Russian literature class to perform free play Thursday night



    There will be no final day jitters for students of HonorsP 203R — only butterflies as they make their theatrical debut Thursday night, March 30.

    Students of Dr. Thomas Rogers’ Russian literature course will be performing Fyodor Dostoevsky’s “The Brothers Karamazov” Thursday night at 7:00 p.m. and 9:00 p.m. in 205 of the JRCB. Admission is free and the play will be in English.

    After studying the Russian novelist throughout the semester, students consented to perform a play depicting one of his novels in lieu of a final, Rogers said.

    “It’s a great idea,” said Jonathan Stovall, 19, a freshman from Beaumont, Texas, majoring in history teaching. “You are definitely not regurgitating information. I’m actually learning something that I will remember 10 years from now.”

    Rogers agrees, who has invited students to perform adaptations of Russian novels for several years.

    “It is an opportunity for cultural development of students and gives them language practice,” Rogers said.

    Students are finding that their active participation in the play is enabling them to better understand the complexity of Dostoevsky, said Marlene Hansen, 20, a senior from Cleburne, Texas, majoring in humanities.

    “You really become involved in the literature. You read it, but it isn’t until you actively participate that you fully understand the complexities,” Hansen said.

    In addition to understanding the complexities of Dostoevsky, Kristi Gustafson has gained a greater appreciation of his complicated characters.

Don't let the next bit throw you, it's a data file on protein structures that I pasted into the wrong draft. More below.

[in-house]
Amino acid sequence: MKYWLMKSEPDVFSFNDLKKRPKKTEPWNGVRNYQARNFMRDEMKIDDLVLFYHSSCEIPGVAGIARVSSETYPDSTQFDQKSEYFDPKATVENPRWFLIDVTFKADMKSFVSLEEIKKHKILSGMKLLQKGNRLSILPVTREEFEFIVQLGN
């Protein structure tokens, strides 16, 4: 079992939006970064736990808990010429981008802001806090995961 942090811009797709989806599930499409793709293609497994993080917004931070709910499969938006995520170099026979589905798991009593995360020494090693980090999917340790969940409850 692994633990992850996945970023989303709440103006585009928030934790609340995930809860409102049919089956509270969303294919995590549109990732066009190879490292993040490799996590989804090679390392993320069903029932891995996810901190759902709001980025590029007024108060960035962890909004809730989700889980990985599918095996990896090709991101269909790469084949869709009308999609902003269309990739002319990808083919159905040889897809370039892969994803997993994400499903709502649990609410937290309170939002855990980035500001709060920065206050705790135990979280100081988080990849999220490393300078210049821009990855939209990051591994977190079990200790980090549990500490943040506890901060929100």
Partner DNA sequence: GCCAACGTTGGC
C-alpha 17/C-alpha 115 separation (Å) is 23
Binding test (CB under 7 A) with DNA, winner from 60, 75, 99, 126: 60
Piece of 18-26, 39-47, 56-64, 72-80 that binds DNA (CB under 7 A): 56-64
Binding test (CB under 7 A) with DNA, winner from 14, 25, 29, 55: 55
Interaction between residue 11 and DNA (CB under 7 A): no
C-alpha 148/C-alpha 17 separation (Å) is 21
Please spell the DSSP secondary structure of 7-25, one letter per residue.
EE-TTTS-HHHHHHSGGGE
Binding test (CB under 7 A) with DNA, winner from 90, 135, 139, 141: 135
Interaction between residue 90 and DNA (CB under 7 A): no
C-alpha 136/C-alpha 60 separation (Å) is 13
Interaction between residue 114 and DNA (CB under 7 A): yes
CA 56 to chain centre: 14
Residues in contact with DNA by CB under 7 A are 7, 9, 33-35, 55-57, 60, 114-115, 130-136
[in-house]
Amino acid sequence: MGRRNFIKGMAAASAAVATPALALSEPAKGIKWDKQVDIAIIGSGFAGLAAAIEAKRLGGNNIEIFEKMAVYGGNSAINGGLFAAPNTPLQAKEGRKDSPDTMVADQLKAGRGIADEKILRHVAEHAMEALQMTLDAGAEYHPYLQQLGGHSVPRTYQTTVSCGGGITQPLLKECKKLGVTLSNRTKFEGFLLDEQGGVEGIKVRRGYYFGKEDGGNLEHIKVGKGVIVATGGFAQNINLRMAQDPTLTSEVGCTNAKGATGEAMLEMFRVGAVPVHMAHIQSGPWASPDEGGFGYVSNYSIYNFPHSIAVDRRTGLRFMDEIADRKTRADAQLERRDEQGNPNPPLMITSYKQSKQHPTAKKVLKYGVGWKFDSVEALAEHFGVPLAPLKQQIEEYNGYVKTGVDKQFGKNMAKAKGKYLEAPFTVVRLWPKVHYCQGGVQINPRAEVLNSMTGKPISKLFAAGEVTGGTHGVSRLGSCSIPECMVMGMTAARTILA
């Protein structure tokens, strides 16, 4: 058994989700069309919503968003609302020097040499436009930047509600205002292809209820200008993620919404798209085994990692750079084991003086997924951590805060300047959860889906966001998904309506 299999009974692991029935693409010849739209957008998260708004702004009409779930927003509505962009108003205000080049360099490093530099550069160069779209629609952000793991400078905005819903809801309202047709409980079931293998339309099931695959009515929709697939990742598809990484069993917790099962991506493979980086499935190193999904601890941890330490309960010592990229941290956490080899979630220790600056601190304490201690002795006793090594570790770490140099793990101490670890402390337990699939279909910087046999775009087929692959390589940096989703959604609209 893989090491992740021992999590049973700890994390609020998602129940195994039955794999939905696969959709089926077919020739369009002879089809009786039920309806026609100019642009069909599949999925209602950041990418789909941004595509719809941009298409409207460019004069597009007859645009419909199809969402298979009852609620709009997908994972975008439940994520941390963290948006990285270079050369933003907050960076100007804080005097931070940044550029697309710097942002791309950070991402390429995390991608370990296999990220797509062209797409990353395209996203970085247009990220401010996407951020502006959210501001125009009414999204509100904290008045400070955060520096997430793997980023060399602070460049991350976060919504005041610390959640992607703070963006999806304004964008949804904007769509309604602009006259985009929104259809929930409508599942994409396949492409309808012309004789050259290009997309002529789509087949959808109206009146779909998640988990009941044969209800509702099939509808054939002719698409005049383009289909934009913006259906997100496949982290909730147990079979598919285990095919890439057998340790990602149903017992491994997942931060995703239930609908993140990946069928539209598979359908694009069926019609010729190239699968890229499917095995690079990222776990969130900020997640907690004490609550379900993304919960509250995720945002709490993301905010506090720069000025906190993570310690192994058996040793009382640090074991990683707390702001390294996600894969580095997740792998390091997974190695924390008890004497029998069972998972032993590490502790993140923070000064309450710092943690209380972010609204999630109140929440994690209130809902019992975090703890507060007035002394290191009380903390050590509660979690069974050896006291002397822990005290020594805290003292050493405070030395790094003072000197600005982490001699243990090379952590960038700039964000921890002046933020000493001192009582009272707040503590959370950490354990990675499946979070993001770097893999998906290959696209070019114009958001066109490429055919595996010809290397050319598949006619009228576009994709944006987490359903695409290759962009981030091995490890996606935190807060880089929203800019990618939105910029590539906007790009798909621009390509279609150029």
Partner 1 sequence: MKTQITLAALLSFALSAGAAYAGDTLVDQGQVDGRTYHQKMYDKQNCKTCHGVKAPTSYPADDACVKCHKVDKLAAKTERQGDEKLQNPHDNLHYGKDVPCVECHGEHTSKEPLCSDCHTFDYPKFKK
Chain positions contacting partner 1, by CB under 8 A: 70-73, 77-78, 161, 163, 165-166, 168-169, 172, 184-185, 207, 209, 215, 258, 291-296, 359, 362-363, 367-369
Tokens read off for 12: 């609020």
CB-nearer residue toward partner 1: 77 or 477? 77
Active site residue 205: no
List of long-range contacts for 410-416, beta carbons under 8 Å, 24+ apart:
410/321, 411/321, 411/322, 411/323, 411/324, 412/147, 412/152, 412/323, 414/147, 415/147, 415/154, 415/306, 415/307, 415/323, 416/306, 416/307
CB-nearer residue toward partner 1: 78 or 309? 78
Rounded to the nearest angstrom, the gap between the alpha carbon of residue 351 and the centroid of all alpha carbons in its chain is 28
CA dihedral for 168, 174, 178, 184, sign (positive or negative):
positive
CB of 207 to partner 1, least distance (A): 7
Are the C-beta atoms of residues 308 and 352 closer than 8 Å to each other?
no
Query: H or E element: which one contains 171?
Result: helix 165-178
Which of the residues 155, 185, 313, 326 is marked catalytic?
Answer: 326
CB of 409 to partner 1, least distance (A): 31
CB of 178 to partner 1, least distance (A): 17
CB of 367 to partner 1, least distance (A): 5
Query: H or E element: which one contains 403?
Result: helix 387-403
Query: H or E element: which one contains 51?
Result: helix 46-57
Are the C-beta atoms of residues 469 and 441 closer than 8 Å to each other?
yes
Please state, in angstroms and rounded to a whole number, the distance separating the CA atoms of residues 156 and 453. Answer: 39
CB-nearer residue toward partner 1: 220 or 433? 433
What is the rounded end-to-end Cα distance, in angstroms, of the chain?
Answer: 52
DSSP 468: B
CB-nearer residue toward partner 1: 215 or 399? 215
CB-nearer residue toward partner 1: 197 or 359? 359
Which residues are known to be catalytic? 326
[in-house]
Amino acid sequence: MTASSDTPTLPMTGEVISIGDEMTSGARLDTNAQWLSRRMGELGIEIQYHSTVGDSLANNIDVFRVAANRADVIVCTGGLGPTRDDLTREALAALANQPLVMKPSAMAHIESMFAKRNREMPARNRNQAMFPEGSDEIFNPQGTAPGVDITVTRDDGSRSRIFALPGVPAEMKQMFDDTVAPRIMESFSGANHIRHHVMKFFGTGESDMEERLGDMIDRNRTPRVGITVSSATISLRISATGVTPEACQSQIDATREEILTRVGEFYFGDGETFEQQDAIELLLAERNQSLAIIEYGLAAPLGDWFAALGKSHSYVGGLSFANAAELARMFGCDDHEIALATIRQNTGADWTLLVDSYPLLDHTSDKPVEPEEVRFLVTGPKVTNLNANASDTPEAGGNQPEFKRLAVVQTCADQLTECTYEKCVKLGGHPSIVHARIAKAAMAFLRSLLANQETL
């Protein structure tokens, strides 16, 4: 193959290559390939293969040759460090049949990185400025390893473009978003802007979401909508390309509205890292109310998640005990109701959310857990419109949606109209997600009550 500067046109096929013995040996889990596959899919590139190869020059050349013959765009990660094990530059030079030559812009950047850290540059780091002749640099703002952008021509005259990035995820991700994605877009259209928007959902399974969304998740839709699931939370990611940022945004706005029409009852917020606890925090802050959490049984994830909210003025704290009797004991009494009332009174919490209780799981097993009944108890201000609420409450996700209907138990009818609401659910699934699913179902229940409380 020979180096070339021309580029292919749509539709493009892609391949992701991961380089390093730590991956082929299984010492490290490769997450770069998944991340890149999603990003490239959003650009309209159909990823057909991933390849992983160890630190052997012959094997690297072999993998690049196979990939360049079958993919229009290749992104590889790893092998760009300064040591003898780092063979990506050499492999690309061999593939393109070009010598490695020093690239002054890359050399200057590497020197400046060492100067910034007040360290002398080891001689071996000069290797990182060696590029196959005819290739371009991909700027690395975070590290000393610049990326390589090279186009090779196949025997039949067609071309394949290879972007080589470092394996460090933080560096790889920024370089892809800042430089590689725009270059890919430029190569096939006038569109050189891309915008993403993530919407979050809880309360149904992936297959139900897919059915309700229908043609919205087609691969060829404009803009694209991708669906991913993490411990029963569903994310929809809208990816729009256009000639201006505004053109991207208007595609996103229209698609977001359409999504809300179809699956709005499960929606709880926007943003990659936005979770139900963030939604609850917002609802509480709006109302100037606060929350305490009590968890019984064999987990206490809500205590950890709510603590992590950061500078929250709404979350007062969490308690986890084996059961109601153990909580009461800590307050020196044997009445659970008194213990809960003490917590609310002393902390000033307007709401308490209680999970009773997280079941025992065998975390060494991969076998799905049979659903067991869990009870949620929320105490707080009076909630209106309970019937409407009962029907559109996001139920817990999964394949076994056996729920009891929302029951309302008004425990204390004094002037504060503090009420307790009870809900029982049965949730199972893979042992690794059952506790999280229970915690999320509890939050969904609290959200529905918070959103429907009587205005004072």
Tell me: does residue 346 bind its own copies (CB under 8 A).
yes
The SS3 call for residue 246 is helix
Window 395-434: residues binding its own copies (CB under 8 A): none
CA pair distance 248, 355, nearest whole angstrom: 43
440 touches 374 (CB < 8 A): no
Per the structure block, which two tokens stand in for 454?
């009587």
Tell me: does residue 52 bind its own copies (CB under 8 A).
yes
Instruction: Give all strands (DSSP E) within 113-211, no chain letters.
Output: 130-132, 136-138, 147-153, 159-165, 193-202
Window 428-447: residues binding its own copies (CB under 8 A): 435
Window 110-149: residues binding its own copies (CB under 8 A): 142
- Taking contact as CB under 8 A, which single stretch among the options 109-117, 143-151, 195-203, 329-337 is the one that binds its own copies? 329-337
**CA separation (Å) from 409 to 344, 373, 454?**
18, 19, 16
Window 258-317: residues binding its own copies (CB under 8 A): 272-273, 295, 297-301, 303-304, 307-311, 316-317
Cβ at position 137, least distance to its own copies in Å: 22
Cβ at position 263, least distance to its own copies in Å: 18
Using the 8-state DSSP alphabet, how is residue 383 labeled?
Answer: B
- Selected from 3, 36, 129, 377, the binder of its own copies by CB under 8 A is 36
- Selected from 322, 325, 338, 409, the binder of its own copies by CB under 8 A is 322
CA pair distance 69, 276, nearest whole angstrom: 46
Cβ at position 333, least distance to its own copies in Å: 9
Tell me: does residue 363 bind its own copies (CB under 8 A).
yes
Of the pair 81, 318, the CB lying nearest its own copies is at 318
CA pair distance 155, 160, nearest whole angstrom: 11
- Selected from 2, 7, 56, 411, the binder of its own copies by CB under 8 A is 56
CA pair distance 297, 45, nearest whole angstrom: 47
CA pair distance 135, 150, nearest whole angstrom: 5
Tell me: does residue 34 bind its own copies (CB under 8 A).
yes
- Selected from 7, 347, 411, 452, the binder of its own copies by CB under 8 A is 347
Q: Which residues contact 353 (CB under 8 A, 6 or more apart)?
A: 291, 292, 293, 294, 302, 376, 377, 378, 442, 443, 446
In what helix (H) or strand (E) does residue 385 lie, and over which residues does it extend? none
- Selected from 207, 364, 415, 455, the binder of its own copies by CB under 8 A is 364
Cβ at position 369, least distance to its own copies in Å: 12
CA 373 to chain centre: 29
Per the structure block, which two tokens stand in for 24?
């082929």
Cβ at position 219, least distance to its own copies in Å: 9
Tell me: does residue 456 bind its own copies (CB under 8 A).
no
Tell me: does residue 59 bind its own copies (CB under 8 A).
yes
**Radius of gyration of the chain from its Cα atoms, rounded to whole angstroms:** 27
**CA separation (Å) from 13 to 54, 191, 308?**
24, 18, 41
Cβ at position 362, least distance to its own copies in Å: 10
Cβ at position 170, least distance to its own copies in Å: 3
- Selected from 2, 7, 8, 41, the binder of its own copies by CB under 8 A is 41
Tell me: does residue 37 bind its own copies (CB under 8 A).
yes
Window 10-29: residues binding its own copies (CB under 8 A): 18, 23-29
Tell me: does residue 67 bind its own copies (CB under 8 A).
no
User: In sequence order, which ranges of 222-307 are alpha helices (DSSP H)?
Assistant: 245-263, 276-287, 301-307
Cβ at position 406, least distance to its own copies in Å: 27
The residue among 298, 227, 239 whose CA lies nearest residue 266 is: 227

“You actually start to see into the characters. It is a different way to get into them,” Gustafson said, 19, a sophomore from San Diego, Calif., majoring in pre-clinical laboratory science.

    “The Brothers Karamazov” explores the depth of guilt that four sons experience after one of them kills their difficult father, Hansen said.

    “The story is most significant in its attention to immortal and foreboding questions — those of morality, universal guilt, forgiveness, and salvation,” Hansen said.

    Besides the exploring of universal questions, Rogers said that the play contains a familiar theme for a LDS audience.

    “The play coincides with the ideal of ‘the hearts of the children turn to their fathers.’ It illustrates our sense of owing something to our forefathers,” Rogers said.

    By participating in the play’s production, students are also finding that their participation is developing talents they never knew existed, said Gustafson.

    “I’ve never acted before, but it sounded like an interesting concept,” Gustafson said.

    Like Gustafson, many students of the class had not acted before; however, they involvement has developed dramatic abilities in each of them, Rogers said.

    “I am amazed at how well they have participated in their roles,” Rogers said.

    “They have made many sacrifices and are eager to do the best job possible,” he said.

    Students are definitely working to do their best because their performance is the last that their professor will direct before retiring this semester, Hansen said.

    “Dr. Rogers is a very prolific professor. He has a genuine love for the subject matter. This is his culminating class project,” she said.

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